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Vaughan 'one of England's greats' says Flintoff

Andrew Flintoff led the tributes after former England captain Michael Vaughan announced his retirement from cricket today.

Yorkshire batsman Vaughan is England's most successful test skipper, with 26 wins from 51 matches.

"He was unflappable," said Flintoff on the eve of England's three-day practice game with Warwickshire. "There could be mayhem all around him and he would just stand there as if nothing was happening, whether the side was 500 for none or 90 for nine.

"He always looked pretty poker-faced," the all-rounder told reporters. "He gave confidence to his team ... he helped me as a player and he was a mate as well.

"He will go down as one of the greats of the English game." Vaughan, 34, who scored 18 centuries in 82 tests, was captain at the time Kevin Pietersen came into England's one-day team in 2004 when the South African-born batsman had to return to his native country and confront a hostile crowd.

"Michael was huge for me," said Pietersen who hit three centuries in that one-day series.

"One of the first things he said to me, when I came in at the Wanderers when 60,000 people looked as though they wanted to kill me, was `the ball's white, the ball's round and do whatever you have done to get here'.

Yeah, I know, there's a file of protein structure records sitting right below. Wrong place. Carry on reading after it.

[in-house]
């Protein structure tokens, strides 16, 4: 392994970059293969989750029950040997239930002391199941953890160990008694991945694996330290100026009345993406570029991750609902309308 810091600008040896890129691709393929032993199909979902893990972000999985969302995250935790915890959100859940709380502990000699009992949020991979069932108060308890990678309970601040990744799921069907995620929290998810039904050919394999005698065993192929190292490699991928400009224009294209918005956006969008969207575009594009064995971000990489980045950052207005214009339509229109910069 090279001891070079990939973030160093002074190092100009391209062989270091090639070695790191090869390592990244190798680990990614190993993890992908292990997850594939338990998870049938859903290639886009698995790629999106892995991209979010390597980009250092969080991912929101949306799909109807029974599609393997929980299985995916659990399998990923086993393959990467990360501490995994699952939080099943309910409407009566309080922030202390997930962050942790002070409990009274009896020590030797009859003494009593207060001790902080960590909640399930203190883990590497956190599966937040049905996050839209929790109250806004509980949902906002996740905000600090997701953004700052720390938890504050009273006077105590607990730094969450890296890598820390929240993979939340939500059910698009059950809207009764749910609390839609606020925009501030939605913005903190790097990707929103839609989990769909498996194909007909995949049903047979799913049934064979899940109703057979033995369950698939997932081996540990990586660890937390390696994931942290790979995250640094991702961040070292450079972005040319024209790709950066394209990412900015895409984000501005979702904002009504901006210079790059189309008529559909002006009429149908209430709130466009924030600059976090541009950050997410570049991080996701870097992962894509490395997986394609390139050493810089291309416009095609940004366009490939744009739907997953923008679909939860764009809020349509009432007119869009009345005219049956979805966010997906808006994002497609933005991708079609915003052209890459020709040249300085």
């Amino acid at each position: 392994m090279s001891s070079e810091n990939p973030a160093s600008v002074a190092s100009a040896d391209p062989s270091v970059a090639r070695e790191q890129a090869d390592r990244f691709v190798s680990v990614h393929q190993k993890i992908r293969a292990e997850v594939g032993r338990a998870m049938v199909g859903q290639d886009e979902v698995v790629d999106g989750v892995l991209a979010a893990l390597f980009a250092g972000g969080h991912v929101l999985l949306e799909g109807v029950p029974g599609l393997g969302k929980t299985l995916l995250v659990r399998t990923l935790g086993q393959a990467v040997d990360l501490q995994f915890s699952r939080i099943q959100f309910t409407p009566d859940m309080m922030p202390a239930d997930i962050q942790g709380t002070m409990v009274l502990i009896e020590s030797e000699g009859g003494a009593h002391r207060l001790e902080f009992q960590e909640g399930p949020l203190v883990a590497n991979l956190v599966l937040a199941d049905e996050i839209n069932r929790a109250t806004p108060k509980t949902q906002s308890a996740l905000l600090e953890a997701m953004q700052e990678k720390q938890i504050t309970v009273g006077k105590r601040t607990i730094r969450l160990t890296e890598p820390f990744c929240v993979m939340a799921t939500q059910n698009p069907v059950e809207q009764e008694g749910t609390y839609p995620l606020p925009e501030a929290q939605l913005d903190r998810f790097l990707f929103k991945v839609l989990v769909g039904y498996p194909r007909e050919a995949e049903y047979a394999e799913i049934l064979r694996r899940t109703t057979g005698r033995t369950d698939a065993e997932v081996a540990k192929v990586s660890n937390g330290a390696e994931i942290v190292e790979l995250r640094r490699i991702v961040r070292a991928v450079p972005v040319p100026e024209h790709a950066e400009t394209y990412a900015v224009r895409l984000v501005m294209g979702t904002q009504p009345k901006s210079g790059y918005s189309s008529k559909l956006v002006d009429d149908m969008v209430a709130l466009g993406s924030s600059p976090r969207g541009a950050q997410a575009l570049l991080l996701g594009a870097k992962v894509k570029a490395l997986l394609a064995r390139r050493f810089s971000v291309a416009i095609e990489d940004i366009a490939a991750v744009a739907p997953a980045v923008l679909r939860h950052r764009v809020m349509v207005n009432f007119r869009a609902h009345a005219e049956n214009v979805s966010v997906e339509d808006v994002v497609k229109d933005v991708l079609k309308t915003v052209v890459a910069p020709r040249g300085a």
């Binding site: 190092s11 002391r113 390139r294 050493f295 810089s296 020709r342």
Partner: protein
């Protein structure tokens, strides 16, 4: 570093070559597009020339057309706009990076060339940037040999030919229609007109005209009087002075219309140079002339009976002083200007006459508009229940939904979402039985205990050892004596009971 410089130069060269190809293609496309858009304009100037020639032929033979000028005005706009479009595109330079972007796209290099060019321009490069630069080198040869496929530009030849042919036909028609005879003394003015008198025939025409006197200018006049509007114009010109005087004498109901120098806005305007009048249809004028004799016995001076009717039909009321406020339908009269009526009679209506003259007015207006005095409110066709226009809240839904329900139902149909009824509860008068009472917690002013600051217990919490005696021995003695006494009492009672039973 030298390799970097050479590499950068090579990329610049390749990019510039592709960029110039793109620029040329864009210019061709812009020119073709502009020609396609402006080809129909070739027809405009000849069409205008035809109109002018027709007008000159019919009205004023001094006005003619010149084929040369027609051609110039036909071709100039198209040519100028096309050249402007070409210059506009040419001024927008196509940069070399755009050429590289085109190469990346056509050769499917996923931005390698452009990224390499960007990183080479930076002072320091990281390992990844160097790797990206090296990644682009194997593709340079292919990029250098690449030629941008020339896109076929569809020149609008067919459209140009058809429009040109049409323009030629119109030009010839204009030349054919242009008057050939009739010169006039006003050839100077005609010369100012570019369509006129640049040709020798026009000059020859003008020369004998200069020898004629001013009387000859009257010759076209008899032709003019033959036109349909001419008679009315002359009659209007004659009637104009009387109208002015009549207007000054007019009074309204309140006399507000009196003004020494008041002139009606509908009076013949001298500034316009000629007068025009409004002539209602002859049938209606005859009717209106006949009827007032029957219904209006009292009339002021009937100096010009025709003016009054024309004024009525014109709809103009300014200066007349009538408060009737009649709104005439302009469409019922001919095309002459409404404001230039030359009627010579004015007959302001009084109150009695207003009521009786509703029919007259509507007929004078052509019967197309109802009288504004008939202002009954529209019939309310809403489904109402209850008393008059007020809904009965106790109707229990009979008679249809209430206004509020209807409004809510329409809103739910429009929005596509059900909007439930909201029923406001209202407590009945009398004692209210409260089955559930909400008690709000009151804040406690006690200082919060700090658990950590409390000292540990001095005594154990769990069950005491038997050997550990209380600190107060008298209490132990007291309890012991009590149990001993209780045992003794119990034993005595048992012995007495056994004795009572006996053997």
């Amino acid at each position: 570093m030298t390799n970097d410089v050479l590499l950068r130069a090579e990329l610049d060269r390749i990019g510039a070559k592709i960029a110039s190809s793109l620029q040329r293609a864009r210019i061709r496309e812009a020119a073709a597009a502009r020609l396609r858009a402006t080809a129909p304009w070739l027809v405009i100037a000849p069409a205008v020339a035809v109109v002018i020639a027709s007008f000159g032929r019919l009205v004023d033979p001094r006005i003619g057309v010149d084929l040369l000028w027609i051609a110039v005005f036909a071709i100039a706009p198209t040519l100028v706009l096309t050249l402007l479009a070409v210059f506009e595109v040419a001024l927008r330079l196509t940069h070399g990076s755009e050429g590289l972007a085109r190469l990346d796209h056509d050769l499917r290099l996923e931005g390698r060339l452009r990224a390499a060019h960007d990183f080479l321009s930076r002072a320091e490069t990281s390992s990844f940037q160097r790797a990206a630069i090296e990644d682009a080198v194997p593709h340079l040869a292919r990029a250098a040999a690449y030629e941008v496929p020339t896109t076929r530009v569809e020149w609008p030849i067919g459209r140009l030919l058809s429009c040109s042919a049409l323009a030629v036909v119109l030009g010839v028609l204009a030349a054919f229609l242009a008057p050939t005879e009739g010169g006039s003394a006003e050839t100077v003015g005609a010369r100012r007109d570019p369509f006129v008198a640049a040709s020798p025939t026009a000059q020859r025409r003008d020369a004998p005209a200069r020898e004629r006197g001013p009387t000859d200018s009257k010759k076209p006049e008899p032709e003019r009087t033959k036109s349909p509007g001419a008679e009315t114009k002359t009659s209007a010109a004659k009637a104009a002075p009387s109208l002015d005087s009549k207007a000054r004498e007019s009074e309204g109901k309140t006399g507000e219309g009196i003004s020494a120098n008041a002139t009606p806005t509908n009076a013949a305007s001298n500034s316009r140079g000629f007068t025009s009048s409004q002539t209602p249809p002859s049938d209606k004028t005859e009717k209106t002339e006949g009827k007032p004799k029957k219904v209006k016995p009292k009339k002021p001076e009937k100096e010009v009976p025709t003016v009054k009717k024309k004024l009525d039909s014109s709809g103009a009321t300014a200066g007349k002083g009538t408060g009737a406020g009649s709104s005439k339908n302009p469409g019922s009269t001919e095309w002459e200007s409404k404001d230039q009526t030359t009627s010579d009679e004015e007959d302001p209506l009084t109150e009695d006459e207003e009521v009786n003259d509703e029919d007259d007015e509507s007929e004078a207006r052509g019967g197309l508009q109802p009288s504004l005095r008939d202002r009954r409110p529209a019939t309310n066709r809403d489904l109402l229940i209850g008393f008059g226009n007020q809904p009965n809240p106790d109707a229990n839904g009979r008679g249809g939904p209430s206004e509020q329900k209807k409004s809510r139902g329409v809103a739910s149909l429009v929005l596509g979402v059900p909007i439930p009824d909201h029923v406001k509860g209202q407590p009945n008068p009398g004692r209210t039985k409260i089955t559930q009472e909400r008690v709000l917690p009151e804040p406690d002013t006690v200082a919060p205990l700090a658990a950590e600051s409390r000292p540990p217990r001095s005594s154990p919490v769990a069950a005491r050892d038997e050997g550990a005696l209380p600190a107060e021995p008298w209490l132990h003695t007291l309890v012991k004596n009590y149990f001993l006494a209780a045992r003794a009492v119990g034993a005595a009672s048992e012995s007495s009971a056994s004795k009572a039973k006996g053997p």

"That calmed me right down from being a jibbering wreck when I walked on to that field to the player I am now. That's all I do now, I just watch the ball, not think about any rubbish," added England's leading batsman.

"Michael is a great leader of men and you learn a lot from guys like that."

Andrew Strauss, who will lead England in next week's first Ashes test against Australia in Cardiff, agreed Vaughan was a brilliant skipper.

"It's hard to speak highly enough about him as England captain," Strauss said. "He is the best captain I've played under, that goes for any form of cricket.

"His achievements can't be underestimated, the way he took the team forward, the relaxed way he was able to get us playing cricket.

"A lot of the stuff was behind the scenes, the way he dealt with players on a one-to-one basis was exceptional, and he cared," said Strauss.

"It's important to remember what a great player he was. It's a sad day."